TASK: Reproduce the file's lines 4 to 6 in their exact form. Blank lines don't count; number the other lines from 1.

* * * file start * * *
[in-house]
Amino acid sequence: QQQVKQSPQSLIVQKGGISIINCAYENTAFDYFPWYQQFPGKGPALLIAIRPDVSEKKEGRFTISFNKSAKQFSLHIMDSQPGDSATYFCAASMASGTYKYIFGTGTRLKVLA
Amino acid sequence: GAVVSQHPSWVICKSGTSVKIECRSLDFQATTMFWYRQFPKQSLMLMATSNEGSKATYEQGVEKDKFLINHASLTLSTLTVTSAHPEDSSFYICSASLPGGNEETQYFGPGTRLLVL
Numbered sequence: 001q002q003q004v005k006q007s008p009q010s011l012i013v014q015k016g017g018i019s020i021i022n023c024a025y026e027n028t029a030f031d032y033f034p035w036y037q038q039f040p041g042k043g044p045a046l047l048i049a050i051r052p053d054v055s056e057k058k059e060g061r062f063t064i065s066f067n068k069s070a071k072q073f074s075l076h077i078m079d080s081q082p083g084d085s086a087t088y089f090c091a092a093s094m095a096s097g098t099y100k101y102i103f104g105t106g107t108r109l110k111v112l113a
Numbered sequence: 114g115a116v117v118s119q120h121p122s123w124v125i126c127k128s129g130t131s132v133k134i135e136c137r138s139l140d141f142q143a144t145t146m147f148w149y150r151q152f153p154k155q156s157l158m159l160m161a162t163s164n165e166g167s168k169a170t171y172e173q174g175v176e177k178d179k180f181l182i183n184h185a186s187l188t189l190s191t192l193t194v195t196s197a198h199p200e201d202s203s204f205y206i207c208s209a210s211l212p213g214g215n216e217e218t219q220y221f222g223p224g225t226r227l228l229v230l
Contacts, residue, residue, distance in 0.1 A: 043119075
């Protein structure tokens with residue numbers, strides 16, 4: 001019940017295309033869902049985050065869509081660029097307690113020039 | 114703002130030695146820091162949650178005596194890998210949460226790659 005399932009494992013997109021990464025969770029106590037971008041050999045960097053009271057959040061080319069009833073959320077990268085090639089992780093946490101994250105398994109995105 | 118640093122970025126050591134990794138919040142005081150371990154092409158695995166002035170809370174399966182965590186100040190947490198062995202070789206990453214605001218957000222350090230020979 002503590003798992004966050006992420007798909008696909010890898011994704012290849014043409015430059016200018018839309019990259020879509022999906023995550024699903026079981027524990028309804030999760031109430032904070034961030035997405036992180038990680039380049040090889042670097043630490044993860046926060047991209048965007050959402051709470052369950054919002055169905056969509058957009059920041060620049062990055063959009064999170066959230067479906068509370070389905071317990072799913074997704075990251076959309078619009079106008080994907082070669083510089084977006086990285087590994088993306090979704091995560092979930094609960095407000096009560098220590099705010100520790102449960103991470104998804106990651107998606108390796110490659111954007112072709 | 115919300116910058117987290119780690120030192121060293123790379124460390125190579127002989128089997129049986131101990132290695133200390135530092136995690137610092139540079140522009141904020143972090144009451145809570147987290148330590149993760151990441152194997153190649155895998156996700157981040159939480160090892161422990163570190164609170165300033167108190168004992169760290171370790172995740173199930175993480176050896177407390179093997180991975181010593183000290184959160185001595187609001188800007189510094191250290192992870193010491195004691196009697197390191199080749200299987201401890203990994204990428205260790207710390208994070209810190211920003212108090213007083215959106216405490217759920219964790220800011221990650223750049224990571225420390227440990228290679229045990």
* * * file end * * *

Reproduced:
Numbered sequence: 001q002q003q004v005k006q007s008p009q010s011l012i013v014q015k016g017g018i019s020i021i022n023c024a025y026e027n028t029a030f031d032y033f034p035w036y037q038q039f040p041g042k043g044p045a046l047l048i049a050i051r052p053d054v055s056e057k058k059e060g061r062f063t064i065s066f067n068k069s070a071k072q073f074s075l076h077i078m079d080s081q082p083g084d085s086a087t088y089f090c091a092a093s094m095a096s097g098t099y100k101y102i103f104g105t106g107t108r109l110k111v112l113a
Numbered sequence: 114g115a116v117v118s119q120h121p122s123w124v125i126c127k128s129g130t131s132v133k134i135e136c137r138s139l140d141f142q143a144t145t146m147f148w149y150r151q152f153p154k155q156s157l158m159l160m161a162t163s164n165e166g167s168k169a170t171y172e173q174g175v176e177k178d179k180f181l182i183n184h185a186s187l188t189l190s191t192l193t194v195t196s197a198h199p200e201d202s203s204f205y206i207c208s209a210s211l212p213g214g215n216e217e218t219q220y221f222g223p224g225t226r227l228l229v230l
Contacts, residue, residue, distance in 0.1 A: 043119075